It’s a Lockout! (As Expected)

As it has been assumed for the last few months, the NHL has officially come to a lockout after the owners and the NHL Players Association failed to come to terms on a new collective bargaining agreement on Saturday.

The NHL released this official statement after the lockout began:

“Despite the expiration of the Collective Bargaining Agreement, the National Hockey League has been, and remains, committed to negotiating around the clock to reach a new CBA that is fair to the Players and to the 30 NHL teams.

Thanks to the conditions fostered by seven seasons under the previous CBA, competitive balance has created arguably the most meaningful regular season in pro sports; a different team has won the Stanley Cup every year; fans and sponsors have agreed the game is at its best, and the League has generated remarkable growth and momentum. While our last CBA negotiation resulted in a seismic change in the League’s economic system, and produced corresponding on-ice benefits, our current negotiation is focused on a fairer and more sustainable division of revenues with the Players — as well as other necessary adjustments consistent with the objectives of the economic system we developed jointly with the NHL Players’ Association seven years ago. Those adjustments are attainable through sensible, focused negotiation — not through rhetoric.

This is a time of year for all attention to be focused on the ice, not on a meeting room. The League, the Clubs and the Players all have a stake in resolving our bargaining issues appropriately and getting the puck dropped as soon as possible. We owe it to each other, to the game and, most of all, to the fans.”


The players responded by releasing a video, which you can check out here.

This is now the third lockout under current commissioner Gary Bettman. The first, which took place before the ’94-’95 season, caused the season to be nearly halved. The second took place during what would have been the ’04-’05 season, which was ultimately cancelled.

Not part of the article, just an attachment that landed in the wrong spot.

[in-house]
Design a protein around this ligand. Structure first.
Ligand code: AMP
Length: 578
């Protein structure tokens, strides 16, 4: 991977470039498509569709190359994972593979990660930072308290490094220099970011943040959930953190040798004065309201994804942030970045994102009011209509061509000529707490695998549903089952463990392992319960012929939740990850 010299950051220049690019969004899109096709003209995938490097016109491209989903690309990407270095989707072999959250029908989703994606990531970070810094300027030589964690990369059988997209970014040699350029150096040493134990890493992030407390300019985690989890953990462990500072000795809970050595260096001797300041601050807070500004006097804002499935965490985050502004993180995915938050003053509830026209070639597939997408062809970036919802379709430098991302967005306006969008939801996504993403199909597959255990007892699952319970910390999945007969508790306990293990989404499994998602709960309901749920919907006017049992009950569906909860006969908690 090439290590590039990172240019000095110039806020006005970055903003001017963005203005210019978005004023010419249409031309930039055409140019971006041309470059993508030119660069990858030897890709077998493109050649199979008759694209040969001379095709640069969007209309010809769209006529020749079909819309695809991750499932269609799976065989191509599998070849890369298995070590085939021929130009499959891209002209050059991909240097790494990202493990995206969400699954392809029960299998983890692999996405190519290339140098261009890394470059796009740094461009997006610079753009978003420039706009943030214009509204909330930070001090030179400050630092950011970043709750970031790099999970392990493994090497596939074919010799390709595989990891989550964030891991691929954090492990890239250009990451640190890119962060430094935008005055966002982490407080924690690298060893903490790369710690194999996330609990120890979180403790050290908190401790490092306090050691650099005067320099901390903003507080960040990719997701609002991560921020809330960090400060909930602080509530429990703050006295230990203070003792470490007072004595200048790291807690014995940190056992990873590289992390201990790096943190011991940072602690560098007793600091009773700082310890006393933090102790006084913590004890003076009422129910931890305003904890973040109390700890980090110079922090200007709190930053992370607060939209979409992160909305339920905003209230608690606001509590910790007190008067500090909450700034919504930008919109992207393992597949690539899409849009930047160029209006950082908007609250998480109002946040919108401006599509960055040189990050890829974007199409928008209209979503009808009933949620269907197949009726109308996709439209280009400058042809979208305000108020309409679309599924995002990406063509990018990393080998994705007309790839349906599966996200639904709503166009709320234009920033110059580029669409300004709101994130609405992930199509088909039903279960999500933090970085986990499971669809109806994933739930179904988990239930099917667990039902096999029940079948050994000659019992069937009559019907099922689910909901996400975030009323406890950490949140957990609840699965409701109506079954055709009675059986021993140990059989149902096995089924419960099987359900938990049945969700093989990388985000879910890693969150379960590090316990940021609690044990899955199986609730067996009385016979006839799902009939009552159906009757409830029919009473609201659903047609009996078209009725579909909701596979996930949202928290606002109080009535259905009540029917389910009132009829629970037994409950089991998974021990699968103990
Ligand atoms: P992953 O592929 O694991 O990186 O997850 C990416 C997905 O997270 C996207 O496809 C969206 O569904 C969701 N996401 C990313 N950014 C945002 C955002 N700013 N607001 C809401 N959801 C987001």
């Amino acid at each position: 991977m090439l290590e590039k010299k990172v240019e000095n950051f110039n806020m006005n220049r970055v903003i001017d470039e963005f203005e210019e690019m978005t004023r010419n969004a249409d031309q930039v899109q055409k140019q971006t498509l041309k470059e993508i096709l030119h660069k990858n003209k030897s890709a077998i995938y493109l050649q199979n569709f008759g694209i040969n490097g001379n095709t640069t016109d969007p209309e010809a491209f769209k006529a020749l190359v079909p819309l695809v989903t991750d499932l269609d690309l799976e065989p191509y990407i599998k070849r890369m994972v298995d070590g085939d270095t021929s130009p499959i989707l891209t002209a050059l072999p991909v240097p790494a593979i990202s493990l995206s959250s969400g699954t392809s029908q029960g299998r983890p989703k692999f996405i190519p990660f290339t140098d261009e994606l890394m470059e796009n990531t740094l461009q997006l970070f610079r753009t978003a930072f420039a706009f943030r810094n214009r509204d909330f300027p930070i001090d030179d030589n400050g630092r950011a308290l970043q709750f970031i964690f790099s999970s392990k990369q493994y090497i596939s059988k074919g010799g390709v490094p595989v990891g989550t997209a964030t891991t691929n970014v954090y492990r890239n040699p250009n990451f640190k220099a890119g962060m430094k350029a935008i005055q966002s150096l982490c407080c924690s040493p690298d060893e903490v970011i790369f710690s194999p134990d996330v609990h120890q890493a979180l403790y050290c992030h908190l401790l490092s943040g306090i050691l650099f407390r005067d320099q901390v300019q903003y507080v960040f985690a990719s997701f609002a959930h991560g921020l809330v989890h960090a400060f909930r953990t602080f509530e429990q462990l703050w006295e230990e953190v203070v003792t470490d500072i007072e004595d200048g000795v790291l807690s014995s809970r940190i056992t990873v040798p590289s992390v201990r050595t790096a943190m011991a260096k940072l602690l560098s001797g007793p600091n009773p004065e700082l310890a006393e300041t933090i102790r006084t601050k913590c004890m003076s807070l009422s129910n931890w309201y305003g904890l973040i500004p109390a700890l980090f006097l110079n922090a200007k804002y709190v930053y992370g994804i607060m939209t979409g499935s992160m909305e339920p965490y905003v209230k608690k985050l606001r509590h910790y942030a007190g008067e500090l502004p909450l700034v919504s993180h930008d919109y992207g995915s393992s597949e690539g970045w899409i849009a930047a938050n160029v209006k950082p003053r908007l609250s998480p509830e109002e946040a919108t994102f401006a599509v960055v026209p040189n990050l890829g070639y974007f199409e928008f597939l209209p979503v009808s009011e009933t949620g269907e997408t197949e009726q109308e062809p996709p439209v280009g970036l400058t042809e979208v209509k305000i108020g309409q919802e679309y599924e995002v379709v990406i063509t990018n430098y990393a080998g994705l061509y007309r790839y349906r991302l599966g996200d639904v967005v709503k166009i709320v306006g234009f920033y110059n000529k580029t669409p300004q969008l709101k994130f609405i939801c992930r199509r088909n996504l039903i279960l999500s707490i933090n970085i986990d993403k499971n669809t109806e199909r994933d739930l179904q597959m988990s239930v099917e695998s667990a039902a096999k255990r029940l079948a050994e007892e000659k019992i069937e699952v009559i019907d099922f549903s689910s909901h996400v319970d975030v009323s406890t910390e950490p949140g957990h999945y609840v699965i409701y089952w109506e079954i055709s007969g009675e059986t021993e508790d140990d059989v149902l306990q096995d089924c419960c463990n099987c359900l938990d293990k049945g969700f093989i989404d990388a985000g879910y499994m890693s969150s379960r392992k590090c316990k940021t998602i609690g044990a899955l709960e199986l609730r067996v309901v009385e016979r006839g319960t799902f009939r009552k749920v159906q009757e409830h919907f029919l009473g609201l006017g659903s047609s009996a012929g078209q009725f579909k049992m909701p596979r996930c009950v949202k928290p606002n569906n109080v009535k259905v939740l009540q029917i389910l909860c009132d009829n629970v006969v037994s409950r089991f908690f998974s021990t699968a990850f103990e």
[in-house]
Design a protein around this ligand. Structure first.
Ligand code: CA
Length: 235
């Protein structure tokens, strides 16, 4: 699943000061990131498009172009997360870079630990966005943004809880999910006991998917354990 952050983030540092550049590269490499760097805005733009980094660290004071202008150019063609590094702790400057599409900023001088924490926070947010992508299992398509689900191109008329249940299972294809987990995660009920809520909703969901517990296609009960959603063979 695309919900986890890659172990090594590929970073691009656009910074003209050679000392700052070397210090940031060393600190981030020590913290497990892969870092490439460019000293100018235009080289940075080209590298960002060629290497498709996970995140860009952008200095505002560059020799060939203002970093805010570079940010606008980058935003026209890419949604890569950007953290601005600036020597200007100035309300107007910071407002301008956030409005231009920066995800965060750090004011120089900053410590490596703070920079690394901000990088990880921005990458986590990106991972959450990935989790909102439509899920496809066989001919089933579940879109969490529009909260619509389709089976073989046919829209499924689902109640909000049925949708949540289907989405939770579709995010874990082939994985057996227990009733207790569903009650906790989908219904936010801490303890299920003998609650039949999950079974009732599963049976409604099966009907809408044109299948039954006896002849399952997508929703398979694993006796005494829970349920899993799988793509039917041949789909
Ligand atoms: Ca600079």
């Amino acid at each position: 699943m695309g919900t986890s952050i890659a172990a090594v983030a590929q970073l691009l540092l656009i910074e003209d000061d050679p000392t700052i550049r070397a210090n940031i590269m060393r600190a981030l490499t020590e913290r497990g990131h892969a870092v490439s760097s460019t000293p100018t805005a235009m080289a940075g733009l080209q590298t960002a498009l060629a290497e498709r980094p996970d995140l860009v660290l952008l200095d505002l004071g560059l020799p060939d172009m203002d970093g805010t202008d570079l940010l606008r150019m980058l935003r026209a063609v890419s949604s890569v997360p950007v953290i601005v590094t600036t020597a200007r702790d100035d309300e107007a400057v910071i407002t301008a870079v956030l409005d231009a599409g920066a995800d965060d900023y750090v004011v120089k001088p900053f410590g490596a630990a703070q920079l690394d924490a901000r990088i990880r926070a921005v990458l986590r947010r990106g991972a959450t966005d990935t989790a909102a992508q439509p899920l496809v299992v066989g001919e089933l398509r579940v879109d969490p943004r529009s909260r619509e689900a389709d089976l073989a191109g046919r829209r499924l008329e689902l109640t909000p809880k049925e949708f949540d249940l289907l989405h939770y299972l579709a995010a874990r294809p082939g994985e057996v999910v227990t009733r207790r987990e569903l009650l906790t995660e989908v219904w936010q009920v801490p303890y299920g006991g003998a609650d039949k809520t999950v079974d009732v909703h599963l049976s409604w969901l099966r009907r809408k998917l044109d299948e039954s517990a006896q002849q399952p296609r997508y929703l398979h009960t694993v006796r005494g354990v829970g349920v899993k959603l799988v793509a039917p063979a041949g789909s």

Considering this harmonious history between the NHLPA and NHL owners, it appeared that a lockout was inevitable when Bettman said in August:

“We recovered last time because we have the greatest fans in the world.”

That sounds like a pretty sunny description of missing an entire season

As Travis Hughes explained in his interesting piece about the lockout, and this is important to remember, the fans are like points in “Whose Line is it Anyway”. They don’t matter.

What it comes down to is that the owners are using the lockout as a means of putting pressure on the players. Compared to other professional leagues, hockey players aren’t paid as spectacularly as you might imagine. So, by essentially withholding their game checks, the idea is that the players will blink and settle for a more advantageous deal in the owners favor.

As a result, expect to hear about some players going overseas to play hockey in the meantime. (In regards to the good old home team, we’ll update you on the comings and goings of Flyers players as things begin to really shake out.)

As of now, notable stars such as Evgeni Malkin, Sidney Crosby, and Alex Ovechkin have expressed interest in playing in Europe, but who knows whether or not they’ll actually pull the trigger on that.

Basically, this lockout business is an ugly beast and everyone wants to hockey this fall. So here’s to hoping that they don’t lose too much time over these negotiations.


Posted on September 17, 2012, in Posts and tagged , , . Bookmark the permalink. Leave a comment.

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